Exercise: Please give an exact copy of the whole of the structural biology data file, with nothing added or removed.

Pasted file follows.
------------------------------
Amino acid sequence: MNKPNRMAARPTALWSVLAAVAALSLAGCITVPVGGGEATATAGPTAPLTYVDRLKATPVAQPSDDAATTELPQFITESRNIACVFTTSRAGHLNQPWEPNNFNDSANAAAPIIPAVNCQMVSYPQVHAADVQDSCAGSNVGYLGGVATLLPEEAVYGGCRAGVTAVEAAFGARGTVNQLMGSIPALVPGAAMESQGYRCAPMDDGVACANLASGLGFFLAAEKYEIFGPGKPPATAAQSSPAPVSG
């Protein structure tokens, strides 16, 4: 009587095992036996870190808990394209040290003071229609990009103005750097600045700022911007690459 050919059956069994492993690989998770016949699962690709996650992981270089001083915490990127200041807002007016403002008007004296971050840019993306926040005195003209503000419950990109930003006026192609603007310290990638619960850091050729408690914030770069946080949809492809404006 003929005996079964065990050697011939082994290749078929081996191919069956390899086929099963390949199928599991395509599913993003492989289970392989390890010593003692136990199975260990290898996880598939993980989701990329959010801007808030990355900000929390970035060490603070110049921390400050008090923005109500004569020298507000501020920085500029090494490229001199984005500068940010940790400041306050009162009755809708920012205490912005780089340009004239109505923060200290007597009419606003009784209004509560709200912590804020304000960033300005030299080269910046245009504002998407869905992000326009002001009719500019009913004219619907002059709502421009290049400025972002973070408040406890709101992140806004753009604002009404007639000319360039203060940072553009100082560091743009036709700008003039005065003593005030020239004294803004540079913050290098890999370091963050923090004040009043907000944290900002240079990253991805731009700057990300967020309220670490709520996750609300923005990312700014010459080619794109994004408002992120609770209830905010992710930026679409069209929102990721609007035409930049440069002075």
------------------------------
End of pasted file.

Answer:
Amino acid sequence: MNKPNRMAARPTALWSVLAAVAALSLAGCITVPVGGGEATATAGPTAPLTYVDRLKATPVAQPSDDAATTELPQFITESRNIACVFTTSRAGHLNQPWEPNNFNDSANAAAPIIPAVNCQMVSYPQVHAADVQDSCAGSNVGYLGGVATLLPEEAVYGGCRAGVTAVEAAFGARGTVNQLMGSIPALVPGAAMESQGYRCAPMDDGVACANLASGLGFFLAAEKYEIFGPGKPPATAAQSSPAPVSG
């Protein structure tokens, strides 16, 4: 009587095992036996870190808990394209040290003071229609990009103005750097600045700022911007690459 050919059956069994492993690989998770016949699962690709996650992981270089001083915490990127200041807002007016403002008007004296971050840019993306926040005195003209503000419950990109930003006026192609603007310290990638619960850091050729408690914030770069946080949809492809404006 003929005996079964065990050697011939082994290749078929081996191919069956390899086929099963390949199928599991395509599913993003492989289970392989390890010593003692136990199975260990290898996880598939993980989701990329959010801007808030990355900000929390970035060490603070110049921390400050008090923005109500004569020298507000501020920085500029090494490229001199984005500068940010940790400041306050009162009755809708920012205490912005780089340009004239109505923060200290007597009419606003009784209004509560709200912590804020304000960033300005030299080269910046245009504002998407869905992000326009002001009719500019009913004219619907002059709502421009290049400025972002973070408040406890709101992140806004753009604002009404007639000319360039203060940072553009100082560091743009036709700008003039005065003593005030020239004294803004540079913050290098890999370091963050923090004040009043907000944290900002240079990253991805731009700057990300967020309220670490709520996750609300923005990312700014010459080619794109994004408002992120609770209830905010992710930026679409069209929102990721609007035409930049440069002075």